“The most significant factor that influences the composition of the gut microorganisms in poultry is diet type and feed quality. Our research has demonstrated that insect-based poultry feeds can increase the abundance, diversity, and composition of beneficial bacteria,” Evalyne Ndotono a Kenyan scholar who conducted the research as part of her MSc studies at icipe, while registered at Jomo Kenyatta University of Agriculture and Technology (JKUAT), Kenya says.

Other options for the use of antibiotics in poultry production include reshaping the gut microbiota through the administration of probiotics and prebiotics.

Probiotics are supplements made from strains of beneficial microorganisms such as bacteria and yeast, which can improve or maintain good bacteria diversity in poultry.

Probiotics are nutritional compounds found in foods (typically high-fibre foods) that can induce the growth or activity of beneficial microorganisms in poultry.

“Of the three lactic acid bacteria that we identified, the Lactobacillus species has the most potential as a probiotic candidate. Future studies could focus on extracting cultures of these bacteria from poultry, identifying the effective strains, and establishing ways through which they can be developed into probiotic products,” Dr. Khamis explains.

In addition, the lactic acid bacteria break down the non-digestible carbohydrates to produce compounds such as lactose and sucrose, which are raw materials for prebiotics.

The Lactobacillus bacteria species also have numerous health benefits for people. They are known to stimulate immune responses, have anti-cancer activity, and prevent and contribute to the treatment of inflammatory diseases.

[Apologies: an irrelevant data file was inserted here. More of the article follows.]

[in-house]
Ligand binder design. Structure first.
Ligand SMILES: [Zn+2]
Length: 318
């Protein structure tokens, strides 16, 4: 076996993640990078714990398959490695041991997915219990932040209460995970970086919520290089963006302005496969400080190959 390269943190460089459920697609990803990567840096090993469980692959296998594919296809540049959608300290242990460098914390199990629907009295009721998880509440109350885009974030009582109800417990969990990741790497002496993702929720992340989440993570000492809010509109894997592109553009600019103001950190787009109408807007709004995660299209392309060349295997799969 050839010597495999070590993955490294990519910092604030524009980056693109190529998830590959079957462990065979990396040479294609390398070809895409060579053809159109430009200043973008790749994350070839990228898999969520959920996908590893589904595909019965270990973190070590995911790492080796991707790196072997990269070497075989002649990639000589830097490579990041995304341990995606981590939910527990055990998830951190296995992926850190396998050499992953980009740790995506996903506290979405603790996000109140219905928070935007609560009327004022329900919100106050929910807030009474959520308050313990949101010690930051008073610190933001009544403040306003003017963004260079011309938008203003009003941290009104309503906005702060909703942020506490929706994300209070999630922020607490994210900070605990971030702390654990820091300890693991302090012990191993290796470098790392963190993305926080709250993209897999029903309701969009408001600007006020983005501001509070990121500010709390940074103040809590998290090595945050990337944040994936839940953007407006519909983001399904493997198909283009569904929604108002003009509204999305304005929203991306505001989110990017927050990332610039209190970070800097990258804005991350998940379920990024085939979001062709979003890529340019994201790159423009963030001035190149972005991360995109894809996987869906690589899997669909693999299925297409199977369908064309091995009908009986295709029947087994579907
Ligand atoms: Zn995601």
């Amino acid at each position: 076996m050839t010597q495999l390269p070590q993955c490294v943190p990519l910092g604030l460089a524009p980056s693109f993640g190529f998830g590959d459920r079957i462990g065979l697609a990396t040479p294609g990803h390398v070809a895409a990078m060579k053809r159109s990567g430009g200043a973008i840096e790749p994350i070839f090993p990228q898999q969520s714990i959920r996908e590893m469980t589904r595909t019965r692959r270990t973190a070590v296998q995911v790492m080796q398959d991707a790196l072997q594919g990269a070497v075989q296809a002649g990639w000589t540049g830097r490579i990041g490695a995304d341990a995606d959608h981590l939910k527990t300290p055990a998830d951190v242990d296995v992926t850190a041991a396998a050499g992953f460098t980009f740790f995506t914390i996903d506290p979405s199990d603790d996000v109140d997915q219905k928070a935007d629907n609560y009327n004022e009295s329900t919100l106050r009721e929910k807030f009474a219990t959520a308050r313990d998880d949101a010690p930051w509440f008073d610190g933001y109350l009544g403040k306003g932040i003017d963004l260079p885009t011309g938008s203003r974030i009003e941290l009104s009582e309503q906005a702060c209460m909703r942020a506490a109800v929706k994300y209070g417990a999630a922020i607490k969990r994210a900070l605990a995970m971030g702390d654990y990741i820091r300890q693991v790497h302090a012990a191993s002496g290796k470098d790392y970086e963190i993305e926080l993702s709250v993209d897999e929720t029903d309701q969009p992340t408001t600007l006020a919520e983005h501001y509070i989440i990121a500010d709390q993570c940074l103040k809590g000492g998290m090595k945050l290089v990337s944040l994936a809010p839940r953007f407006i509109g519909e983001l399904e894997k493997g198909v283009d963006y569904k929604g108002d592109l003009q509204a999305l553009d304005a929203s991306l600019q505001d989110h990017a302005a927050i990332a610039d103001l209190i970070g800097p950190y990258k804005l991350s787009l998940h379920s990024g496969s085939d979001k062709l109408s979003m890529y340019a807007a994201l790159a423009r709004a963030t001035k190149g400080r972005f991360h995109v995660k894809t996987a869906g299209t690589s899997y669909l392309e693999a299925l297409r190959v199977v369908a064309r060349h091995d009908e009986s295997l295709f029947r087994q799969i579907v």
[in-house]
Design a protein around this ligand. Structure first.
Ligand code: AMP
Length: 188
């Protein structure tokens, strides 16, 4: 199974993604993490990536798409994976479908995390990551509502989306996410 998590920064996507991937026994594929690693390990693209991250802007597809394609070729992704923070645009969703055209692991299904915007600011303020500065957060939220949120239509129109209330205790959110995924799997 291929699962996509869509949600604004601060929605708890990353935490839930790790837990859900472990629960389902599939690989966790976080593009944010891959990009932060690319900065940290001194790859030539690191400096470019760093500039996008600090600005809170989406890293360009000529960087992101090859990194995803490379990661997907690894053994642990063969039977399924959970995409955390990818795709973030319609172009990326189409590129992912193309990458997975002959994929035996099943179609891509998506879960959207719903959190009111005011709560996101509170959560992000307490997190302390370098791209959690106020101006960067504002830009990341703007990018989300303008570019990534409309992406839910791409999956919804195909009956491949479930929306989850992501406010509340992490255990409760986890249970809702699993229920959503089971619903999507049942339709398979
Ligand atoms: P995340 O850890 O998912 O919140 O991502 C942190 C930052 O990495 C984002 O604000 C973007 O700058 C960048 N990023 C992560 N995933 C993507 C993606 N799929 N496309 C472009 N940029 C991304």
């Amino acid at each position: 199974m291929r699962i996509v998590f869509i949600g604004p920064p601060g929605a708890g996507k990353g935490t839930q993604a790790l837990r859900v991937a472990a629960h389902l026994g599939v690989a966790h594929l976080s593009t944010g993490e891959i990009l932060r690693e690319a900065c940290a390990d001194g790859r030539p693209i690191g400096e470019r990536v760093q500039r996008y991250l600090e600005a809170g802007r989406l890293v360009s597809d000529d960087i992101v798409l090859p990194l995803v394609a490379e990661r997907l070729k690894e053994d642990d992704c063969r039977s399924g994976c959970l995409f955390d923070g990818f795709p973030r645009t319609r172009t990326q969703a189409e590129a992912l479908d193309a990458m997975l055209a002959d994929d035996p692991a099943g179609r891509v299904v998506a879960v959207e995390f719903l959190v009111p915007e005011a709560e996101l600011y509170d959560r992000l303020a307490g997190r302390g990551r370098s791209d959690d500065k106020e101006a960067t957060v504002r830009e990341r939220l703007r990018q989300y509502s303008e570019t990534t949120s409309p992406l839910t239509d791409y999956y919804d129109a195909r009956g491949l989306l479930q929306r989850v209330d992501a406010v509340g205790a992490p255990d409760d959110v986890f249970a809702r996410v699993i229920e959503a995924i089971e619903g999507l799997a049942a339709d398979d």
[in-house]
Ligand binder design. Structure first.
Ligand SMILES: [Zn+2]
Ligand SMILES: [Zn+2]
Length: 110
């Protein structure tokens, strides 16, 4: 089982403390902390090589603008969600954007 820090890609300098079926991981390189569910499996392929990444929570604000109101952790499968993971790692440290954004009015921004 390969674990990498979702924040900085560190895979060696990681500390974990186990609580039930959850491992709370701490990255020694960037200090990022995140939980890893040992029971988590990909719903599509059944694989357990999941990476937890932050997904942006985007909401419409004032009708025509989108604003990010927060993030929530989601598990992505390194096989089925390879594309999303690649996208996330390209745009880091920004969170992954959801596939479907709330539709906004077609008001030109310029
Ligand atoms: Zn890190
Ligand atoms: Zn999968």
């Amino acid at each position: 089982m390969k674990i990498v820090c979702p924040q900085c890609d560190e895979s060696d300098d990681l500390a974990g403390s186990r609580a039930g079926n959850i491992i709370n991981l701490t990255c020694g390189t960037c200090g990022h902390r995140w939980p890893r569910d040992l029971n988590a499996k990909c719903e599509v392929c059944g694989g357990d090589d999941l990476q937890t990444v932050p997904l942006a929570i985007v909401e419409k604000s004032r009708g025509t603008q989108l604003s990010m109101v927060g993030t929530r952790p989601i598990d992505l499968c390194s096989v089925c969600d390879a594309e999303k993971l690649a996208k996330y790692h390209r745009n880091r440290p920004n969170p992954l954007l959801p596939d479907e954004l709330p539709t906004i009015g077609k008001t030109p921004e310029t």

They also help to alleviate lactose intolerance and to fight resistant pathogens and respiratory viral infections. Globally, there is a continued search for new strains of these bacteria. Thus, poultry may present new sources from which to isolate them.

“This research is part of icipe’s ongoing efforts to harness the potential of insects in the transformation of the current food system into a more sustainable and vibrant circular economy,” Dr. Segenet Kelemu, icipe Director General and Chief Executive Officer notes.

She adds: “In regard to black soldier fly, in addition to its animal feed benefits, our research has demonstrated the insect’s utility in organic waste recycling to produce high quality, nutrient-rich fertilizers that improve soil health and crop yield, and in the development of pest control products.”

The study provides further momentum for insect-based enterprises, building on the firm base laid by icipe and partners. This includes the establishment of cost-effective insect rearing, harvesting, and post-harvest techniques, which have been adopted effectively by smallholder and medium-scale producers in East Africa.

These efforts have been supported by a wide network of partnerships, massive capacity, and awareness building, as well as the development of policies and national standards, and the creation of marketing linkages, for insect products, including those from black soldier flies, in East Africa. There is also rising acceptance among consumers for products, like eggs and meat, produced using insect-based feeds.

Moreover, evidence shows that insect-based enterprises can be undertaken with minimal inputs. Therefore, they are ideal for women, young farmers and low-income households, who are often constrained by limited access to agricultural resources.